I was going to write the last bit of my travel escapades, a piece about Cornwall. But I’ll save that for later, when KT and Jim need some filler.
I was actually thinking about doing the Cornwall piece, and through a series of streams of thought, it brought me here. I also happened to stumble upon some people online bemoaning the loss of the Birdseye building in Fort Square (was it called the Birdseye Building? Anyway, you know the one I mean) to make room for a new hotel, and I started thinking about the similarities between Penzance and Gloucester.
We all know I’m not from here. I’m a transplant, still really damned new to the city. But sometimes, an outside observation is what’s needed. People who oppose the hotel project seem to be doing so for a number of reasons, including “IT’S DESTROYING THE NEIGHBORHOOD!” and “IT’S GOING TO DESTROY THE FORT” and “THEY’LL DESTROY OUR LITTLE CORNER OF GLOUCESTER” with some people already claiming it’s dead.
And you know what? I’m ok with that. The neighborhood, while charming in its own way and possessing a great history, was home to a fucking giant derelict white building which has stood crumbling and unused for decades. Right on a goddamned beach. A beach people will pay good money to look at from their hotel balcony.
Here’s why I’m ok with that. Gloucester needs revitalization. Desperately. The fishing industry isn’t coming back any time soon, and while we still may have a fleet for lobstering (is that a word? I’m using it anyway) and other fishing, the big cod industry is gone. Gloucester is on the precipice of big change, a point where the city needs to decide which way to go.
Residents of the Fort and the city in general may not want to admit it, but Gloucester needs to build better infrastructure for tourists and other businesses. Here’s how thinking about Penzance got me on this train of thought, by the way. Penzance is in a beautiful spot, a coastal city with a long history including vast fishing fleets, artists, and vacationers. Sound familiar? Penzance is also currently falling to shambles, bereft of industry and saddled with a failing tourism market. It’s a shadow of its former self, and it’s really fucking depressing.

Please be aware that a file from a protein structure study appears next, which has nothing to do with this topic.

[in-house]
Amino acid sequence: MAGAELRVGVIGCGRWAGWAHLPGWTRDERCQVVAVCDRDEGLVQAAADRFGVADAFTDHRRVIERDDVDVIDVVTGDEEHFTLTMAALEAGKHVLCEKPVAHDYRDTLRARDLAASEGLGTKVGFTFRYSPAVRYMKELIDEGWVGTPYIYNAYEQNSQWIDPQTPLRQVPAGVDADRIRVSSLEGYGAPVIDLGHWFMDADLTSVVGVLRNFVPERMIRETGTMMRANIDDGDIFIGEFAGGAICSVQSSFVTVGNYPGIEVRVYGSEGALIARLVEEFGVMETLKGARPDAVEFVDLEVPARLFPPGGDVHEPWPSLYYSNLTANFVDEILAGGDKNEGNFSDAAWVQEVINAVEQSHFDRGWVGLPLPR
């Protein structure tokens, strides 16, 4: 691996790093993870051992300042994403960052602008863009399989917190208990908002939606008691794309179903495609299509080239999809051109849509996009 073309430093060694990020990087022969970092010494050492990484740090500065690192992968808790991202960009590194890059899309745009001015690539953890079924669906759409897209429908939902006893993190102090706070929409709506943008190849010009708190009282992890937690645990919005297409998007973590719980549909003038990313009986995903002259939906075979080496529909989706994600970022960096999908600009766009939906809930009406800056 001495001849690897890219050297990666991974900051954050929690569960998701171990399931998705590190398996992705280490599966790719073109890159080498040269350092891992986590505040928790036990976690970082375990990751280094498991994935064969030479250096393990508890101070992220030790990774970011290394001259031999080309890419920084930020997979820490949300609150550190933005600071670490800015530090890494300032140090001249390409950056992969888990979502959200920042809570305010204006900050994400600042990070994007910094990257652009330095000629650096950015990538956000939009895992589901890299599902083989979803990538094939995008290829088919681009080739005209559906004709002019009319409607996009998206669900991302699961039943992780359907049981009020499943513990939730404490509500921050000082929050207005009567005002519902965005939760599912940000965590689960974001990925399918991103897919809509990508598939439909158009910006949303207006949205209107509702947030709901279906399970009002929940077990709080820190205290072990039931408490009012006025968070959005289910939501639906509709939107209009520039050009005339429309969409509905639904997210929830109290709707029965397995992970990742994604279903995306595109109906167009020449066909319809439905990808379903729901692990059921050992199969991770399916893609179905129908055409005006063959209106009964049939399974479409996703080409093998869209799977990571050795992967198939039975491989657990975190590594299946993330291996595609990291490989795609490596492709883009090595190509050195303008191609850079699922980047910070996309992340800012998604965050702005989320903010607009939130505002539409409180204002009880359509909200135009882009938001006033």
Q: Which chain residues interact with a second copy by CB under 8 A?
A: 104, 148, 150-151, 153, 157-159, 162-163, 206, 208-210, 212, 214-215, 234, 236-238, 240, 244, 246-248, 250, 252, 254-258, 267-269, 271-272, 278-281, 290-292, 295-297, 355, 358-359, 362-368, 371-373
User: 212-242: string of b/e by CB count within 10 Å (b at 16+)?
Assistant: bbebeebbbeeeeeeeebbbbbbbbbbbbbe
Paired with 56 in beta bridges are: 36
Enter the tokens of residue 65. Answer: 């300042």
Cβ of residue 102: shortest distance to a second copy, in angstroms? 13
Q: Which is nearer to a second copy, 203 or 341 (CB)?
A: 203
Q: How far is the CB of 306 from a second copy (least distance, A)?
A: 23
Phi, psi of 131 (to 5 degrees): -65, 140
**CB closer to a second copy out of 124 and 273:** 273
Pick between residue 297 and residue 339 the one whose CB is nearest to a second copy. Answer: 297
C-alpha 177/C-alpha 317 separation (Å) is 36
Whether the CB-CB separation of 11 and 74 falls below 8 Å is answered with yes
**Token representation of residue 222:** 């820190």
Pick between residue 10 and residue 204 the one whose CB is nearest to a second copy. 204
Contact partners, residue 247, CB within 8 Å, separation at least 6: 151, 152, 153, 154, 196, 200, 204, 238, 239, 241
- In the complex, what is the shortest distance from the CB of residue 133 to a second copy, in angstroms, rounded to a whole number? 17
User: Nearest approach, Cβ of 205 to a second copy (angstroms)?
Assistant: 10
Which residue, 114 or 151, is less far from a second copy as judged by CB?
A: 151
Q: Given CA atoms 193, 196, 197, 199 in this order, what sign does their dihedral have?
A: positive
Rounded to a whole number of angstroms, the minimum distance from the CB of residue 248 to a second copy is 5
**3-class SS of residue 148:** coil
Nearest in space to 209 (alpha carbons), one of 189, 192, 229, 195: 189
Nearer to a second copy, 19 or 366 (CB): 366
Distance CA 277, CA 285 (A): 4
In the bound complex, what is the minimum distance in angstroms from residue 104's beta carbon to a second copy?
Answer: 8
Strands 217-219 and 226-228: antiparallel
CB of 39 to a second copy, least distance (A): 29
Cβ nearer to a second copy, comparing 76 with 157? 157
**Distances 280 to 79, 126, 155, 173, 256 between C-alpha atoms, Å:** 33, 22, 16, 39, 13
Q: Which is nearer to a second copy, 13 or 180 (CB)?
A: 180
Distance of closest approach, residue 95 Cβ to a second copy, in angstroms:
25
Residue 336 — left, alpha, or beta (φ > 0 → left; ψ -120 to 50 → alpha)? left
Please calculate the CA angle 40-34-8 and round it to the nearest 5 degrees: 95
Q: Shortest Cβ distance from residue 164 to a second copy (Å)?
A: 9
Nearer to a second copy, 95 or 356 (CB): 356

Why? A lot of reasons, but one of the big ones is that the local council was stuck in a small-town state of mind and was extremely resistant to CHANGE. Marks & Spencer (a super posh grocer/retailer in the UK) wanted to choose Penzance as the location of its first store in Cornwall, but the council said no under the pressure of local green grocers and others who feared for their bottom line. So, M & S moved into (I think) Truro instead, which was equally in the shit as Penzance, economy wise. What happened to Truro? It grew. Other chains and high end shops followed, and Truro turned into the biggest shopping destination in Cornwall. Local shops thrived too, in case you were wondering, bolstered by the new people drawn in by the big names.
Penzance’s high street is full of Charity thrift stores, dollar stores, and the occasional beach gift shop.
By the way, you folks who have lived here forever may not know this, but it can be very hard to actually visit Gloucester. Know why? THERE ARE NO HOTELS. There are B&Bs with 5 rooms, vacation rentals, and a handful of motels. Husband and I came up for a visit on Cyclocross weekend a few years back and almost couldn’t make it because every room in town was full. A friend of mine wanted to visit this summer but had to postpone because she couldn’t find a room for her family. This may sound like a shock to some, but more rooms for people to stay in means more people in town, and more dollars spent here.
Gloucester needs to make itself more available to tourists and businesses if it’s going to come out on top. And if that means revitalizing an industrial part of town to build a hotel on a beach, then so be it.
In the words of a very wise man, the needs of the many outweigh the needs of the few.